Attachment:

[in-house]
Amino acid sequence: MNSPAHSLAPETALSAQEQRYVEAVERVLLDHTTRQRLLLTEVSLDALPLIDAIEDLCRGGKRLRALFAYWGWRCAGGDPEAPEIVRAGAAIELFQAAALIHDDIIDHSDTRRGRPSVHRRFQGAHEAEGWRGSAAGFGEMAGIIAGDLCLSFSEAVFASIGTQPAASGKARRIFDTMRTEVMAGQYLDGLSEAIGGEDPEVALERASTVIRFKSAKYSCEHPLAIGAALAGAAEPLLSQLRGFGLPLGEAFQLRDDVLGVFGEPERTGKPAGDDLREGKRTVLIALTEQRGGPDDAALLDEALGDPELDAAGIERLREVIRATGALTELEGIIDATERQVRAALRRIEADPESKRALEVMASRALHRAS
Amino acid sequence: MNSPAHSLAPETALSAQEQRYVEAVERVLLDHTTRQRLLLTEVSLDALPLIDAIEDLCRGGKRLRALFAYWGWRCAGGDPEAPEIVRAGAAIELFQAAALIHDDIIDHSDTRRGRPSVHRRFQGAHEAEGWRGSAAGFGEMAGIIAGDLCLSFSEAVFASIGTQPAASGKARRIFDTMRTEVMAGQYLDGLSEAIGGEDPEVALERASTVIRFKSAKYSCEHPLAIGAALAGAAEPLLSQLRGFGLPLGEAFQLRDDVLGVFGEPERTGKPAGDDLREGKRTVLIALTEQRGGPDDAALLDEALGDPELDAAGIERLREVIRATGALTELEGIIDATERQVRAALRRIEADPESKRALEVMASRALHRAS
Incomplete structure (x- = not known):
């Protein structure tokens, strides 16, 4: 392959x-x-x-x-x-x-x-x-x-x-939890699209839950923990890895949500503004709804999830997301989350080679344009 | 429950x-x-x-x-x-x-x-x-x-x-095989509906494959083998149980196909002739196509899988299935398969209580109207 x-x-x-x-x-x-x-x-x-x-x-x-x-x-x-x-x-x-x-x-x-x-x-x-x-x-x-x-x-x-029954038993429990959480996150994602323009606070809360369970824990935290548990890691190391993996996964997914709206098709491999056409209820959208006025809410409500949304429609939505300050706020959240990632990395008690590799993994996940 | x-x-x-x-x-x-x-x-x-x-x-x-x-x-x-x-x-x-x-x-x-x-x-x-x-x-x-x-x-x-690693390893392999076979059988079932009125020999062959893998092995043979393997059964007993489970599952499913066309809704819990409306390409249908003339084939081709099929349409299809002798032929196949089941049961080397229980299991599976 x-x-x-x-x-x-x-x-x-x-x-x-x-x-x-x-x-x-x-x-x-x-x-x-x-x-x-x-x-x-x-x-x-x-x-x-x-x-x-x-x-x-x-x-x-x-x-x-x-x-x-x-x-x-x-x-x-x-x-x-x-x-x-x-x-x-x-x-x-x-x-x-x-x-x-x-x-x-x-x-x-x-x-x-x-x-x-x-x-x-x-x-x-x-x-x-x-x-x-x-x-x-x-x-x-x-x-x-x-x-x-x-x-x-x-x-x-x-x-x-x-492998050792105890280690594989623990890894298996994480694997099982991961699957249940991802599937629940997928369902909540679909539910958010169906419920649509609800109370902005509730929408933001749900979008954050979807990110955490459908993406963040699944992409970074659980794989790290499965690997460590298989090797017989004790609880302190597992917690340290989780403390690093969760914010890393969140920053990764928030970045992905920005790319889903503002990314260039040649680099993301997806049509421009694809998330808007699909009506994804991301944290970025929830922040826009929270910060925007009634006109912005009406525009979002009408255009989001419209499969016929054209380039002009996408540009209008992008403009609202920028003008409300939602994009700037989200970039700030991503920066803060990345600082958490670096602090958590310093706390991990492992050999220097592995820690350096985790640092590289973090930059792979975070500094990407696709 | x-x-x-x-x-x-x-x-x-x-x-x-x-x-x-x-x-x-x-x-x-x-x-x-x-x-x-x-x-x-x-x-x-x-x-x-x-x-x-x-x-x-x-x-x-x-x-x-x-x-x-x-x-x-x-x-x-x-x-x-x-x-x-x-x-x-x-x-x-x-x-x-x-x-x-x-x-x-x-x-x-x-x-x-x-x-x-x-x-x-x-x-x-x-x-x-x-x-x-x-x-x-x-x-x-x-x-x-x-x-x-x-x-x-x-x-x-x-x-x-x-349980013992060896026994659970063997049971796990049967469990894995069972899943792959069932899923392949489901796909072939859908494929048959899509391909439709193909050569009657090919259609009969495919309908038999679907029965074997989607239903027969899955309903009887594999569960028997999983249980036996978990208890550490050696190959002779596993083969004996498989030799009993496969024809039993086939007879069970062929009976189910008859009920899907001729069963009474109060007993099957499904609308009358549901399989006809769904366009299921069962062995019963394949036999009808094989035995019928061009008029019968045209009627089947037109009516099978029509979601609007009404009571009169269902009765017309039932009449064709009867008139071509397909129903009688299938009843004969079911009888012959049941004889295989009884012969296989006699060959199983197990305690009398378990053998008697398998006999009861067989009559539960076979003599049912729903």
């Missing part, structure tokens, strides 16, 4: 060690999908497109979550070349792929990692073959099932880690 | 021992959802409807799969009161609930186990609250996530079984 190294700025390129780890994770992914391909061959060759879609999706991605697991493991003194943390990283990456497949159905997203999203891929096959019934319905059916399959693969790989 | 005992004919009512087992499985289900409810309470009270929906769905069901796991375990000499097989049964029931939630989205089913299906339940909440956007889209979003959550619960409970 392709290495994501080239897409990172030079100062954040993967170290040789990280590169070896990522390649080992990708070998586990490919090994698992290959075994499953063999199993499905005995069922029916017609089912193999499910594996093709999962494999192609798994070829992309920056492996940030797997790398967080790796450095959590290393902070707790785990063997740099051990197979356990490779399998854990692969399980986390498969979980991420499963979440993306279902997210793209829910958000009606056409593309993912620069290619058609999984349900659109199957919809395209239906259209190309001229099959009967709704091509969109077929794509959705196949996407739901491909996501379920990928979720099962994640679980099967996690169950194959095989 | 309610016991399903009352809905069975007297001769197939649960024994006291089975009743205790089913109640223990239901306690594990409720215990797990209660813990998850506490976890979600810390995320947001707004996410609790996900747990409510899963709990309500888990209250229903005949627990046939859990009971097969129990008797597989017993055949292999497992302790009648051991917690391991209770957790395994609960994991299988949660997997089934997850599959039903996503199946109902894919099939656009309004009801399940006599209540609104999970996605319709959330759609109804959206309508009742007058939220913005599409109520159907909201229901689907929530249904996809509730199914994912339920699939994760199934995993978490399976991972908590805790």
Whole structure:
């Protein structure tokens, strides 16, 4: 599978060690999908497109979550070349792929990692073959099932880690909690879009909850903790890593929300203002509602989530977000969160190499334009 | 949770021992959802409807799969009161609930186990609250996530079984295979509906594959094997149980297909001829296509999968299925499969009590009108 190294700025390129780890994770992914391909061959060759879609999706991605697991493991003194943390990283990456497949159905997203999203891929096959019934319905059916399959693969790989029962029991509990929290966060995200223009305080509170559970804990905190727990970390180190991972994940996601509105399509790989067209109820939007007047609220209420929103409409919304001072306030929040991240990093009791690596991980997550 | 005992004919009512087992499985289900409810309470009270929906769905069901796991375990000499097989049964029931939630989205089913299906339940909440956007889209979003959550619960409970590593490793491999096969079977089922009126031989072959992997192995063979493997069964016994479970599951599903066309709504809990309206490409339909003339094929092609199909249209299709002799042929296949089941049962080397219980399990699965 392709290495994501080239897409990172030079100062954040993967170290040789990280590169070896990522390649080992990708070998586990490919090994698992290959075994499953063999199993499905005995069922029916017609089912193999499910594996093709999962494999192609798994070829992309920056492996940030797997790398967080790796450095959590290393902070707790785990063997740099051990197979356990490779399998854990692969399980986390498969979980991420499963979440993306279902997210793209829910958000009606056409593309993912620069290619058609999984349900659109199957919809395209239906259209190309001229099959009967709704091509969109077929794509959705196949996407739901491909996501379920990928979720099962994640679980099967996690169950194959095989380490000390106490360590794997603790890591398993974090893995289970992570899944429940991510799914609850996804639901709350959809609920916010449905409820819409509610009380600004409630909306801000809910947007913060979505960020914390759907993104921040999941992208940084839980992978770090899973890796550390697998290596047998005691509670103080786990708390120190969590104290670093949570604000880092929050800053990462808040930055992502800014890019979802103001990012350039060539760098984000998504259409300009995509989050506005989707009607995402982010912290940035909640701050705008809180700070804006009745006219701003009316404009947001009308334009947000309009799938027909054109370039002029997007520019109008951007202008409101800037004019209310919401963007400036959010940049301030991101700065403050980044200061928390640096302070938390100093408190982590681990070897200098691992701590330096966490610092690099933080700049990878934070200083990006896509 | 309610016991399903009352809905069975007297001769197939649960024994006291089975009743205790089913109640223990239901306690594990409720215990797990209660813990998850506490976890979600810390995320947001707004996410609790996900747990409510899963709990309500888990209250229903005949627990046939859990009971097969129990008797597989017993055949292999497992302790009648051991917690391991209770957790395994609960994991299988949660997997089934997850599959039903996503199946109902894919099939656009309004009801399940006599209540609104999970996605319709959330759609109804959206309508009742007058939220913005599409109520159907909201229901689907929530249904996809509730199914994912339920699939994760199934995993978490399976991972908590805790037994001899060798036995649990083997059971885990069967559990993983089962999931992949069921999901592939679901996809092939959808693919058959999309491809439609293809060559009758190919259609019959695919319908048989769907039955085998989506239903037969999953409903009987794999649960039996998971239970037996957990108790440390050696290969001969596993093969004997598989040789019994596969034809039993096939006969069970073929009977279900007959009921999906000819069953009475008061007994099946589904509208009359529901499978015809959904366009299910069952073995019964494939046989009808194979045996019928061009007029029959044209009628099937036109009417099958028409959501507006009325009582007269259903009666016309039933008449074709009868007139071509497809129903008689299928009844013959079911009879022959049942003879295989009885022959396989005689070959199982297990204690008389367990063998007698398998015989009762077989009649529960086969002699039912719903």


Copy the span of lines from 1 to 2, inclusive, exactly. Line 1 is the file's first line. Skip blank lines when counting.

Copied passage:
[in-house]
Amino acid sequence: MNSPAHSLAPETALSAQEQRYVEAVERVLLDHTTRQRLLLTEVSLDALPLIDAIEDLCRGGKRLRALFAYWGWRCAGGDPEAPEIVRAGAAIELFQAAALIHDDIIDHSDTRRGRPSVHRRFQGAHEAEGWRGSAAGFGEMAGIIAGDLCLSFSEAVFASIGTQPAASGKARRIFDTMRTEVMAGQYLDGLSEAIGGEDPEVALERASTVIRFKSAKYSCEHPLAIGAALAGAAEPLLSQLRGFGLPLGEAFQLRDDVLGVFGEPERTGKPAGDDLREGKRTVLIALTEQRGGPDDAALLDEALGDPELDAAGIERLREVIRATGALTELEGIIDATERQVRAALRRIEADPESKRALEVMASRALHRAS